Prescription Discount Cards: How They Work and the Benefits to Patients
By: Sara Ganz, Senior Director of Marketing at Capital Rx
Discount cards provide patients with lower prices on their medications at the pharmacy. Patients who need these discounts fall into two buckets:
- Uninsured patients
- Insured patients who are in their deductible phase and must pay the full cost of the drug
Without a discount card, an uninsured patient would be asked to pay the Usual and Customary (U&C) price of a medication. The U&C price is often significantly higher than the rate that an insured patient would pay, sometimes up to 90%! A discount card lets uninsured patients access rates that are much lower, which can help them afford their medications.
You might think that a patient who has insurance would not need these discounts—shouldn’t their insurance provide them with a discount, even if they have a high deductible plan? Well, they do provide their insured patients with discounts, but it rarely is their best possible discount. Pharmacy benefit managers (PBMs) the entities responsible for providing insurance for prescription drugs, often have multiple prices for medications at each pharmacy, called MAC (Maximum Allowable Cost) lists. You would think that knowing that their patient must pay the full cost of the drug in their deductible would make them want to pass the best possible discount on to that patient, but that is rarely the case.
What this means is that a patient who has insurance could end up paying a higher price for their medication than a patient using a discount card! Discount card companies have discovered this market inefficiency, and they provide websites where patients can look up prices and download discount cards to access additional savings on their medication. While you might think that would be a good deal, many of these discount cards have significant fees and take anywhere from $6-$11 per claim from the pharmacy and the patient. It’s a better price than the one offered by the PBM, but it’s still a poor deal for patients and pharmacies.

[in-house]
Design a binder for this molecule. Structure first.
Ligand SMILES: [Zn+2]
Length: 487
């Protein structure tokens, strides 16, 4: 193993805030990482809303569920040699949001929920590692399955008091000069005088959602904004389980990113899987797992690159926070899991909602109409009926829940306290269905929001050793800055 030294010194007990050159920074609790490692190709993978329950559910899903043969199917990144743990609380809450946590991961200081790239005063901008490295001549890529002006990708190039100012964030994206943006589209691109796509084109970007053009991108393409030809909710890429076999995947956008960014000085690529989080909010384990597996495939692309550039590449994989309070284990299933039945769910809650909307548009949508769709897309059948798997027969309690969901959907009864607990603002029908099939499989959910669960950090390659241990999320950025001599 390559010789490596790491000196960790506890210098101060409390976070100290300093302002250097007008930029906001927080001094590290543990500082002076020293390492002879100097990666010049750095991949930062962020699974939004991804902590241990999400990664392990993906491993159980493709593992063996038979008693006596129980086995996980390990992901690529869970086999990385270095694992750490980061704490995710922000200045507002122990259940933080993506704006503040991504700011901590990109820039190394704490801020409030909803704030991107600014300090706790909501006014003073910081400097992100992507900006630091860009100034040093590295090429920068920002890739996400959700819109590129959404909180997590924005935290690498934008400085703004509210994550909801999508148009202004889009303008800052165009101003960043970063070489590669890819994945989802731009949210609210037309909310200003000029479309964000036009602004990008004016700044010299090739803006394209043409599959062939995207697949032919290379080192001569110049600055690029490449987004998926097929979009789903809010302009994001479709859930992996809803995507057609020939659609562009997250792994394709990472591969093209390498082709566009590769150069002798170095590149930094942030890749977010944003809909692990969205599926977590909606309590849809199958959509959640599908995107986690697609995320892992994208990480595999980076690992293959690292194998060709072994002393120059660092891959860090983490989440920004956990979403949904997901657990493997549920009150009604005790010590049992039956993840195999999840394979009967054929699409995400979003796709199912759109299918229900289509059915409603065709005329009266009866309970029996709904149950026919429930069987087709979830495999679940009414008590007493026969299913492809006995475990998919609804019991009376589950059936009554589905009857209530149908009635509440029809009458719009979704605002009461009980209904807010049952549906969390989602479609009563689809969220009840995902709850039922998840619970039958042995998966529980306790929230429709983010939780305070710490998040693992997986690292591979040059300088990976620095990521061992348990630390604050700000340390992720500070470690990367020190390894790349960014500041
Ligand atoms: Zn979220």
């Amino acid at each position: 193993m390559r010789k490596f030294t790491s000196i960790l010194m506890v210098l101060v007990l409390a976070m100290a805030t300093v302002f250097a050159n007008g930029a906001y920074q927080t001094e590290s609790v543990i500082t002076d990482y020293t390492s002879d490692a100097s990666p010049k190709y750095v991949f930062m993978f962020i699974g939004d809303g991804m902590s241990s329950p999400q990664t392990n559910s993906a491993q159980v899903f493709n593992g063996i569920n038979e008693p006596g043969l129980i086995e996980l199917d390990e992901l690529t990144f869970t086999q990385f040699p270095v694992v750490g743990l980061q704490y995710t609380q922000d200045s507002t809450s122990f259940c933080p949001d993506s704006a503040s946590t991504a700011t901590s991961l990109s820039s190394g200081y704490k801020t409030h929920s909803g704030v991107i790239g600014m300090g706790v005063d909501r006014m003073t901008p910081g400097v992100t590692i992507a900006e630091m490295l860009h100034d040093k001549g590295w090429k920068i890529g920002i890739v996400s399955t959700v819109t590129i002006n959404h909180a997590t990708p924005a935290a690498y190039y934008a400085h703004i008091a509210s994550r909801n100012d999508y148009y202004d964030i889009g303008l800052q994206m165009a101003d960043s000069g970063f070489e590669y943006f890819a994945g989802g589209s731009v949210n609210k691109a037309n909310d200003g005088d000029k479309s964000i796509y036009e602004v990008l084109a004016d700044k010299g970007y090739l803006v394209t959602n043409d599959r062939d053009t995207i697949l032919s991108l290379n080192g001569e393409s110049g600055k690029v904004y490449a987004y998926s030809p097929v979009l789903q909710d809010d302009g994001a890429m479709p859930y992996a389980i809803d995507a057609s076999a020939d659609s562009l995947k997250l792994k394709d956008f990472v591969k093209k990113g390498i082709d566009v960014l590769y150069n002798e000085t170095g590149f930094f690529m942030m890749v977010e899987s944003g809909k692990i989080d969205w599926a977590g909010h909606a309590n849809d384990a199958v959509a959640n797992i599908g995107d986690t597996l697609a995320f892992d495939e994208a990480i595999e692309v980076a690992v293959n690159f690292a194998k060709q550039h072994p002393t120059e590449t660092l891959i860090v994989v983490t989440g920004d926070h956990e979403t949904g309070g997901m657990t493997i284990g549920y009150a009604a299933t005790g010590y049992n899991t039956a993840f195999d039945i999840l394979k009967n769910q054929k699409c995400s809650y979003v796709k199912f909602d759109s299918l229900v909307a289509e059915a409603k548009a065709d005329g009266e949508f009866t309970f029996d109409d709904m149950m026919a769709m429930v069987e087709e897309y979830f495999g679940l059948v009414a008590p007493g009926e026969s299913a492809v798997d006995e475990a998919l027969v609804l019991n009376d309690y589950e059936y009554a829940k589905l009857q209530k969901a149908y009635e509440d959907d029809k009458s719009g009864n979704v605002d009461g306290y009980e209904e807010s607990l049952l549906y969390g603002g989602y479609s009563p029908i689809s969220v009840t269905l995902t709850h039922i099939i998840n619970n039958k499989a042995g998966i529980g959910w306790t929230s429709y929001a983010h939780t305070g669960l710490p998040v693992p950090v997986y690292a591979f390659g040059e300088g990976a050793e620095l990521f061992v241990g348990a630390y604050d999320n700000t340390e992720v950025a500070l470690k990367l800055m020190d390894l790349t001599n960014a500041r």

Capital Rx is a different kind of PBM. All our clients have the same low price for their prescriptions, all the time. That price is public, and you can look it up right here https://data.medicaid.gov/nadac. Our insured clients do not need to use discount cards, because they are able to get our lowest price on their medication all the time, at any pharmacy. Our prices are consistent across pharmacies, there are no large swings from one month or one pharmacy to the next, which often happens when PBMs manipulate their MAC lists behind the scenes.
While we wish there was a world that didn’t need discount cards, in the meantime we created the Capital Rx Advantage Card, so that patients who do not have insurance or patients with other PBMs can still access our low, fair, consistent rates. Our card works at any pharmacy, and there is a low, transparent administrative fee that is never more than $1.99, which is up to 80% less than what other discount card providers might charge. We pay our pharmacies a fair dispensing fee, because we know they work hard for their patients no matter how a patient is paying for the drug.